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By Royal Command: The Queen’s Japanese Treasures

A unique display of objects d’art and paintings connecting Britain and Japan is on display in Buckingham Palace as the Queen celebrates her platinum jubilee.

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Queen Elizabeth II of the United Kingdom, on the occasion of her Platinum Jubilee celebration.

It is estimated that a billion people around the world watched parts of Queen Elizabeth II’s platinum jubilee celebrations on television and online, including many viewers in Japan.

The most striking image was the Queen, surrounded by members of her family, waving to crowds from the balcony of Buckingham Palace.

Britain’s Queen Elizabeth, Anne, Princess Royal, Prince Charles, Camilla, Duchess of Cornwall, Prince William and Catherine, Duchess of Cambridge, along with Princess Charlotte, Prince George and Prince Louis appear on the balcony of Buckingham Palace as part of Trooping the Colour parade during the Queen’s Platinum Jubilee celebrations in London, Britain, June 2, 2022. REUTERS/Hannah McKay

The palace contains many treasures, including a collection of objects from Japan which have gone on public display together for the first time this summer. They reveal fascinating links between Japan and the United Kingdom.

Rachel Peat, curator of Japan: Courts and Culture, says: “We are delighted to give visitors a rare chance to see these stunning works from Japan, which have been marveled at, displayed and cherished by members of the British royal family for centuries.”

Gifts Between Nations

The Queen’s reign spans one of the most transformative periods of British history. It has marked a remarkable reconciliation between Japan and Britain, following a bitter war in Asia.

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Shirayama Shōsai, box and cover, c.1890–1905, sent to Her Majesty The Queen by the Emperor Shōwa on the occasion of her Coronation in 1953. Royal Collection Trust / © Her Majesty Queen Elizabeth II 2022.

On the occasion of Her Majesty’s Coronation in 1953, the Emperor Shōwa (Hirohito) sent the Queen the first post-war diplomatic gift between the two nations: a box decorated with a delicate silver heron by the great lacquer artist Shirayama Shōsai. 

Gifts were also sent to mark treaties between the two nations. A pair of colorful folding screen paintings, recently rediscovered and on display for the first time, were sent to Queen Victoria by Shōgun Tokugawa Iemochi in 1860. 

Royal Tattoos

In the middle of the 19th Century, the British Empire was expanding into Asia, with Queen Victoria regarded as the Empress in India and Burma (now known as Myanmar). Japan was not colonized, yet it looked west to Great Britain with awe, regarding it as the world’s most scientifically advanced and powerful nation at the time.

In 1869, Queen Victoria’s son, Prince Alfred, Duke of Edinburgh, became the first European royal to visit modern Japan. He wrote to his mother: “To give you any account of this country, I feel quite at a loss. Everything is so new and so quaint that I am quite bewildered.”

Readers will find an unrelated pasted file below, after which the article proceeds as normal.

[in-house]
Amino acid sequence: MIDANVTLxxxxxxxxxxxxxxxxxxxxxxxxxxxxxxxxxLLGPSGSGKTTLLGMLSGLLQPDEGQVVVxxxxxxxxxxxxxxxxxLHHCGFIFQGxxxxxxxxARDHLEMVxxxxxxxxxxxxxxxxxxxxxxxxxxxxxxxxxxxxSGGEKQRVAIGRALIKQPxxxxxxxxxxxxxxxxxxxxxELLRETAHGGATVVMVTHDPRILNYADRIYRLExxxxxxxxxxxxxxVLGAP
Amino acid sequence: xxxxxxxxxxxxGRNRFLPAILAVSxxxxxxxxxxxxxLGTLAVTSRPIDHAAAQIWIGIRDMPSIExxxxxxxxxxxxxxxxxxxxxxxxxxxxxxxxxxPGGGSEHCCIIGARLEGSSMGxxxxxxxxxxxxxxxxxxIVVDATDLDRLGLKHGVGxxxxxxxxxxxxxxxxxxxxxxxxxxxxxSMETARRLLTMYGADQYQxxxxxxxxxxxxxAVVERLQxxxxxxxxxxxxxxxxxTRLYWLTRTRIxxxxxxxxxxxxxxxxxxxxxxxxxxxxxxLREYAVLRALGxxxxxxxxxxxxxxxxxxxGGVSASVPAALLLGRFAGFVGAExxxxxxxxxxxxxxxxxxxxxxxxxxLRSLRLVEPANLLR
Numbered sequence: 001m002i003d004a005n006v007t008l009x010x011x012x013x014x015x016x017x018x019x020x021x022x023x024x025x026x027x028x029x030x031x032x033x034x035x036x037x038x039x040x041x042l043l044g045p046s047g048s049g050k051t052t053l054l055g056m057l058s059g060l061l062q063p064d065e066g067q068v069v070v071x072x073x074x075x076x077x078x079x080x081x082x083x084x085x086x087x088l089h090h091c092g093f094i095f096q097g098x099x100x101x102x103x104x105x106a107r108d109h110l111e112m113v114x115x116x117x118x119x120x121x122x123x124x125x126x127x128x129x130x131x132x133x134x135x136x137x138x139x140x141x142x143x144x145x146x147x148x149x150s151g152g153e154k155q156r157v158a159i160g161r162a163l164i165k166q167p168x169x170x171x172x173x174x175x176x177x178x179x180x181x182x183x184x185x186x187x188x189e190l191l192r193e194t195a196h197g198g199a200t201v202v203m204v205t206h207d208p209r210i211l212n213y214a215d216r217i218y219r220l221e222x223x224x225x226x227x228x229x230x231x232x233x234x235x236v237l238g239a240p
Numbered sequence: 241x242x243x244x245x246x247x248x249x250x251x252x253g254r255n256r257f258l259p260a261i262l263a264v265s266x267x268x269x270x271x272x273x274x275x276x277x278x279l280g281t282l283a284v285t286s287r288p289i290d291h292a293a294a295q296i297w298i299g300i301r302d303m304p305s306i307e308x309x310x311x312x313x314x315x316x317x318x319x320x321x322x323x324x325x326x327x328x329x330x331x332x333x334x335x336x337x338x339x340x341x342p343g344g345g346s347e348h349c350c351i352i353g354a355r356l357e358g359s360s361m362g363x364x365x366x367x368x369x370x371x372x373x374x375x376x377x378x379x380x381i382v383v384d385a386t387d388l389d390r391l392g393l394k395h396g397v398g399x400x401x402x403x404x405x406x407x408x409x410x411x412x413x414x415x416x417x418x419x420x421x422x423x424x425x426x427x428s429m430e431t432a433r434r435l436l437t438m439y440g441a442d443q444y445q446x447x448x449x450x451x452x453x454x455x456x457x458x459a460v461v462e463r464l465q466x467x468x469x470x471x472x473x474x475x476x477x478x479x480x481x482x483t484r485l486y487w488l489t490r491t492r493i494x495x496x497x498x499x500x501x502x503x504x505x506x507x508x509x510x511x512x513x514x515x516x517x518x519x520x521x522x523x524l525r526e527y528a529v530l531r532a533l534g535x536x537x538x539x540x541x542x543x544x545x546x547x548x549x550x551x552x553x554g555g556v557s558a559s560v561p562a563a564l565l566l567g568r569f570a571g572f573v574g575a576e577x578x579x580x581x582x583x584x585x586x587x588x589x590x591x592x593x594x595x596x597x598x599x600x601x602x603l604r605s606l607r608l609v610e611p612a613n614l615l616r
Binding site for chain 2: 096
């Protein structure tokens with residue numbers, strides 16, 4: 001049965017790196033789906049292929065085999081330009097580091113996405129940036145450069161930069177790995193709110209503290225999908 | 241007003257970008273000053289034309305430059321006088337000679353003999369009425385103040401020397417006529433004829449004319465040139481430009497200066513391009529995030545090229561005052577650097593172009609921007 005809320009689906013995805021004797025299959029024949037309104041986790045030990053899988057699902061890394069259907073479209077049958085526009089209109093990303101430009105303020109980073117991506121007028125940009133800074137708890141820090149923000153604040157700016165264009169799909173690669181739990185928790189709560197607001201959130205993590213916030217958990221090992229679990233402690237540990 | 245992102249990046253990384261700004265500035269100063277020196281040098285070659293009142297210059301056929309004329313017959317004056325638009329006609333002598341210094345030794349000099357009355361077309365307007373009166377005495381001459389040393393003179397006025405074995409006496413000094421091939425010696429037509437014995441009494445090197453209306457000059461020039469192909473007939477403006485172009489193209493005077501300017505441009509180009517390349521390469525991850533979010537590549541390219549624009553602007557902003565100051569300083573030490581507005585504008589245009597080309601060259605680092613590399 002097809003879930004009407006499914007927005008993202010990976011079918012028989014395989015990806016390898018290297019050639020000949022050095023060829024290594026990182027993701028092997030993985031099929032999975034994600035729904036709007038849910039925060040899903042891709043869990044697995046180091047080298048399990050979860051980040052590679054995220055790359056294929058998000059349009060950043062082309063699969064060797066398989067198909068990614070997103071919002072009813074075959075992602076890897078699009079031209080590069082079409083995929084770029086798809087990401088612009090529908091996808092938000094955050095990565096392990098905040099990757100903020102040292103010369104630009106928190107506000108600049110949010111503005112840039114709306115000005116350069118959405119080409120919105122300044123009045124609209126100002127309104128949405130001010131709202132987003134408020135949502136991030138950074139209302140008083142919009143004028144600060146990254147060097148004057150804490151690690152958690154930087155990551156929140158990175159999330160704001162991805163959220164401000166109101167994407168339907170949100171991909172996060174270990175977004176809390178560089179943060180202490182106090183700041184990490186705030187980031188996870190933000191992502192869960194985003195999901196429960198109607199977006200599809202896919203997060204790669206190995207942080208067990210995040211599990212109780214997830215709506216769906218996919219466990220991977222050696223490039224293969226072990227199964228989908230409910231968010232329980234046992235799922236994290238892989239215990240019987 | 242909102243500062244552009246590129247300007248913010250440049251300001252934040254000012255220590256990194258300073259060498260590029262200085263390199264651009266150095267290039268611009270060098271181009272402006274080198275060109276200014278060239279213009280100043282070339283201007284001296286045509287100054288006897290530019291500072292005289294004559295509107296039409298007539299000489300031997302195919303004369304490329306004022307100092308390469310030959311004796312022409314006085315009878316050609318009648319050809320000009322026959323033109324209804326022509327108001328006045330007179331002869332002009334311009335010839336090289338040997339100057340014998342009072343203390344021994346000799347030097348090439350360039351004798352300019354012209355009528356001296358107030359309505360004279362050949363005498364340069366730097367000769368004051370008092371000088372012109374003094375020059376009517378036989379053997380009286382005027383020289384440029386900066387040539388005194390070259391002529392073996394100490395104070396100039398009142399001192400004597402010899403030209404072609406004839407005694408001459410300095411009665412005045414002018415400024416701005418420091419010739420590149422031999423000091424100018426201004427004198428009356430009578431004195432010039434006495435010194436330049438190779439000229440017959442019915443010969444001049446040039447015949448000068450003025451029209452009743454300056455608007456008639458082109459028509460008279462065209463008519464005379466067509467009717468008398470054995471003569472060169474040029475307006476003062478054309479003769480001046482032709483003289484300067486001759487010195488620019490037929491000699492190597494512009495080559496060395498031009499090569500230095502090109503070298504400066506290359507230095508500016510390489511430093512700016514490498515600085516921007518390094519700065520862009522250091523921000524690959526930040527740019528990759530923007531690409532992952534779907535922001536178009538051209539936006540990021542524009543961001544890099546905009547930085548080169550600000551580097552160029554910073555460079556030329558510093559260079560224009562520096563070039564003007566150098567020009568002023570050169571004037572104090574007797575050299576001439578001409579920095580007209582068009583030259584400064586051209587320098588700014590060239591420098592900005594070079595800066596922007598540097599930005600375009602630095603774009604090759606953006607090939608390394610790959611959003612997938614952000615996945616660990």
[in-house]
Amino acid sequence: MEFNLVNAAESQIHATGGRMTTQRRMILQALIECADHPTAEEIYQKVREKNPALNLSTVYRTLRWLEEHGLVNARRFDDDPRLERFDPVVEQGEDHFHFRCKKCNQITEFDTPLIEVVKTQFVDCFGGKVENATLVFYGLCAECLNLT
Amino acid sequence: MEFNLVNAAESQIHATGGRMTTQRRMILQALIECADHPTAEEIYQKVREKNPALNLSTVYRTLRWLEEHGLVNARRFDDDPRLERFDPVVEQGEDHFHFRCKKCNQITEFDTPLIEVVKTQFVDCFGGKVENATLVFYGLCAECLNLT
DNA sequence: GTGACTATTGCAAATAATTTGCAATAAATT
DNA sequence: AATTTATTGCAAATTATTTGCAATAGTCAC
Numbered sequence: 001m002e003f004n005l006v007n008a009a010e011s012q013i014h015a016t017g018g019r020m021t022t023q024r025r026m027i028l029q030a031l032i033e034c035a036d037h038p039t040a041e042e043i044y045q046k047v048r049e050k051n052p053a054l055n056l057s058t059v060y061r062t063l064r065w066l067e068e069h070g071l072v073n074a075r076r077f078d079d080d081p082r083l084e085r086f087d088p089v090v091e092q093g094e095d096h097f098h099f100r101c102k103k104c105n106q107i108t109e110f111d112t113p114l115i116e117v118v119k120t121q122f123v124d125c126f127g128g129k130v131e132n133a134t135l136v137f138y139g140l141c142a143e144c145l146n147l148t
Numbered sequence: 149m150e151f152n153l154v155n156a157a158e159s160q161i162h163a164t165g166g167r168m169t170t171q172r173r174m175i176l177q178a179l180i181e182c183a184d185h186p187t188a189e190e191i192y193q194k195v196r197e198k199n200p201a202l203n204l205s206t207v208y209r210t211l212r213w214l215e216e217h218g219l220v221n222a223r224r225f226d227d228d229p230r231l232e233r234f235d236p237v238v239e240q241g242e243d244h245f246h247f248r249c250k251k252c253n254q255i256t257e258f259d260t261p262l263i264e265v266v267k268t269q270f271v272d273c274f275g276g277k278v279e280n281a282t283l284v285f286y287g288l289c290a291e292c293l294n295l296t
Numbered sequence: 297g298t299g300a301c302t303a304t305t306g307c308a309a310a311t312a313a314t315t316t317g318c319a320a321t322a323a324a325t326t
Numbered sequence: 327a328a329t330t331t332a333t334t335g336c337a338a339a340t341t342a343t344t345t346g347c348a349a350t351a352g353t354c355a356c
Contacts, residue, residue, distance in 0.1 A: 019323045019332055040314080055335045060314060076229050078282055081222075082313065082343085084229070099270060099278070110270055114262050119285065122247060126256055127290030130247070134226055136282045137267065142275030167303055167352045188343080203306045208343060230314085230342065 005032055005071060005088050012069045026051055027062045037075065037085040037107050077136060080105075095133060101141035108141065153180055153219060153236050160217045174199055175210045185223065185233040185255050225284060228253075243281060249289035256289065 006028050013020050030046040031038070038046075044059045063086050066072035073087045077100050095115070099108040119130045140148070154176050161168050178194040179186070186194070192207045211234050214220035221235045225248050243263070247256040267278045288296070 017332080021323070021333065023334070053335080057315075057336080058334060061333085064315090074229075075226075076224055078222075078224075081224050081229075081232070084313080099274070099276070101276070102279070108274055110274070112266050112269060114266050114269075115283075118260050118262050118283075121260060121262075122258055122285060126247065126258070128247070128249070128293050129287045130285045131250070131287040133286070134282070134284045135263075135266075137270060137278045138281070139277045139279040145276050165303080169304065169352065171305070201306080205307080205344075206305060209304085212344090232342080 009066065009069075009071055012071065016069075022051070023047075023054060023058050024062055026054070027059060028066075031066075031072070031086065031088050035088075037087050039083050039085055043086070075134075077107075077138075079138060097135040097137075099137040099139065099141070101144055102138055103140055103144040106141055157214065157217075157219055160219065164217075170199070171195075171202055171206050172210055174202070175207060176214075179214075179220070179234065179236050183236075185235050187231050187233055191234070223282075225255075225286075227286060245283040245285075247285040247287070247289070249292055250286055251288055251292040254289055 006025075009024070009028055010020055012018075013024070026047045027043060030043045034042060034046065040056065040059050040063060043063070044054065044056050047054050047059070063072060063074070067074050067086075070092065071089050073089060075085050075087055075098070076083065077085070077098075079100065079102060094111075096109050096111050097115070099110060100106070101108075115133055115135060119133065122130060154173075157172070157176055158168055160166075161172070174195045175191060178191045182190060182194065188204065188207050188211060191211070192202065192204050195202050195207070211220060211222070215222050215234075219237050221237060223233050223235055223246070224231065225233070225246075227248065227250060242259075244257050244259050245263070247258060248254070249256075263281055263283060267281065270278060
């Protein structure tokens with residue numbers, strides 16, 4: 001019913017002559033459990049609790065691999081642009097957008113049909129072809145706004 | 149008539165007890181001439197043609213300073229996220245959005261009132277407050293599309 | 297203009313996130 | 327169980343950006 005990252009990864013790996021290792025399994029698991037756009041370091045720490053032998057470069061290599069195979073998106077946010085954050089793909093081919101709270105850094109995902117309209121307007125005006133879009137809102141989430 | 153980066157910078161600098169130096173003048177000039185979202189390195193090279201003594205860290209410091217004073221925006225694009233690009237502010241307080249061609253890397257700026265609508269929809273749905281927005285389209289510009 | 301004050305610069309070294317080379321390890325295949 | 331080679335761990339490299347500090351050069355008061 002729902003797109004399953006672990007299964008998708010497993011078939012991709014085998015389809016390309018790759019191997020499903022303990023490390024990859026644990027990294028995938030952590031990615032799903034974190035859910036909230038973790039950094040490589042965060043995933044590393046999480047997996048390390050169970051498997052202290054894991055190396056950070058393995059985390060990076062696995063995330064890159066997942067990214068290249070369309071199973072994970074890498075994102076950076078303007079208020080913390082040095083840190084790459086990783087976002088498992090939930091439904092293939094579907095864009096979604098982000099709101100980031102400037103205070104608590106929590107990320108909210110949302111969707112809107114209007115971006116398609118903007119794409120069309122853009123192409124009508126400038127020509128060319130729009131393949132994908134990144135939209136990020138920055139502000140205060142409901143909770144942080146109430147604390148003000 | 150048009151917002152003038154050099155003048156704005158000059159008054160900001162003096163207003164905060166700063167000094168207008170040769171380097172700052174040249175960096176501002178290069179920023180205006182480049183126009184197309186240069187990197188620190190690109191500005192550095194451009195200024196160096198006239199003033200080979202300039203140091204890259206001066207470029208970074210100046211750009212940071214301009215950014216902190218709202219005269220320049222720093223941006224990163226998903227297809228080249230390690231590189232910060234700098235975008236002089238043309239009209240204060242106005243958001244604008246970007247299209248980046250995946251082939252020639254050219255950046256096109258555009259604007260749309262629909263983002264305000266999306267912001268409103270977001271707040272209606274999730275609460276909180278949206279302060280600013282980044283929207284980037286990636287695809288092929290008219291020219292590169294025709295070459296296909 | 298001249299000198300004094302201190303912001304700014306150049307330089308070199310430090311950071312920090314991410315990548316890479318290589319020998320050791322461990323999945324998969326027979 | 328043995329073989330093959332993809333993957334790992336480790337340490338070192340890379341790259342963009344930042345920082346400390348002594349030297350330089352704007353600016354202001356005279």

The future King George V visited Japan with his brother in 1881, and the official tour diary states that the teenage princes had their arms tattooed during their visit.  Albert Victor is said to have been tattooed with ‘a couple of storks’ and George with a tiger and a dragon, a combination said to signify East and West.

Prince Alfred, Duke of Edinburgh, the first modern royal to visit Japan
(via Wikimedia Commons.)

Rather intriguingly, Princess Eugenie has followed in the footsteps of her great-great-grandfather by getting a tattoo.

Royal watchers note that the Queen’s granddaughter had a small circle inked behind her left ear.

A recent survey suggested that 42 per cent of British people born in the 1980s, 90s or later now have a tattoo – a far higher proportion than in Japan, although Japanese designs are perennially popular. 

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The Royal Exhibition

The royal exhibition displays four suits of samurai armor in the Royal Collection. These include an armor sent to James I in 1613 by Japan’s military leader – the first known samurai armor to arrive on British soil and the first diplomatic gift between Japan and Britain. 

Myōchin school of armorers, armor, 1537–1850. Presented to Prince Alfred, Duke of Edinburgh by Emperor Meiji in 1869. Royal Collection Trust.

Other rare examples of arms include a dagger with fittings personally designed by the Emperor Meiji, the first ruler of the modern Empire of Japan.

The concept of empire has fallen from fashion during the reign of Queen II, with many countries choosing independence.

Nevertheless, the popularity of the Queen herself – both in Britain and abroad – appears to have not been diminished. Indeed, Her Majesty must be the only world leader to be more popular today – seventy years after she took the job – than she was on the day she began. 

Presidents and prime ministers are lucky if they remain popular for seven months.

The Queen’s message was succinct: “I hope my platinum jubilee will be an opportunity for people everywhere to enjoy a sense of togetherness; a chance to give thanks for the enormous changes of the last seventy years and also to look ahead with confidence.” 

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Author: Duncan Bartlett

Duncan Bartlett is a regular contributor to JAPAN Forward. You can read his other articles and essays here

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